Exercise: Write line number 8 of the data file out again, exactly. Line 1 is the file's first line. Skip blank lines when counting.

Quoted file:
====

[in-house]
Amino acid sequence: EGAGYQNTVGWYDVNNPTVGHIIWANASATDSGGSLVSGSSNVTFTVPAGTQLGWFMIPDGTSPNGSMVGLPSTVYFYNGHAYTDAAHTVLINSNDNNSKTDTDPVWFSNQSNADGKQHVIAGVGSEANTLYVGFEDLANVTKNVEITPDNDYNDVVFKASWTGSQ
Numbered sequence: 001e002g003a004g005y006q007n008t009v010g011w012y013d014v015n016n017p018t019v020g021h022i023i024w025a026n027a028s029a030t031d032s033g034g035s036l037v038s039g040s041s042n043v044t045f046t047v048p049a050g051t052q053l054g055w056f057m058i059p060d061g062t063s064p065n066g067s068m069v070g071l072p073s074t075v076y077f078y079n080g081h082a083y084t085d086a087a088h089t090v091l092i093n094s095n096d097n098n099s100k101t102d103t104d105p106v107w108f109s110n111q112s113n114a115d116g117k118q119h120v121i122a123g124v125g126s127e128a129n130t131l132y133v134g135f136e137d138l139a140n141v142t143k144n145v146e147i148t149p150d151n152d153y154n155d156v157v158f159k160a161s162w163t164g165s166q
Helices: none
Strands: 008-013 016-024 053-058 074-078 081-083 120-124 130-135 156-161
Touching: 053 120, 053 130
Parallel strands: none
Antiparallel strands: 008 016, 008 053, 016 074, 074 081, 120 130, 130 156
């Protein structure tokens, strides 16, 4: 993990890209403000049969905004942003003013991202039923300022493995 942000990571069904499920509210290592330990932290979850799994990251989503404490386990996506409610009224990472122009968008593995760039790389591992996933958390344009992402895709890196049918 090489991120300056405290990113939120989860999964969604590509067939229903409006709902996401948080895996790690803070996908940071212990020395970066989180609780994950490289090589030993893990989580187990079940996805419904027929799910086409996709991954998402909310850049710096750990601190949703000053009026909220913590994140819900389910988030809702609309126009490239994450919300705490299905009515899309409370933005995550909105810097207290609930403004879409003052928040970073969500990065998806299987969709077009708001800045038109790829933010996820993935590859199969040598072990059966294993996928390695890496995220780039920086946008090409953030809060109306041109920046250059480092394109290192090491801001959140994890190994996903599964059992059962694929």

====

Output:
Antiparallel strands: 008 016, 008 053, 016 074, 074 081, 120 130, 130 156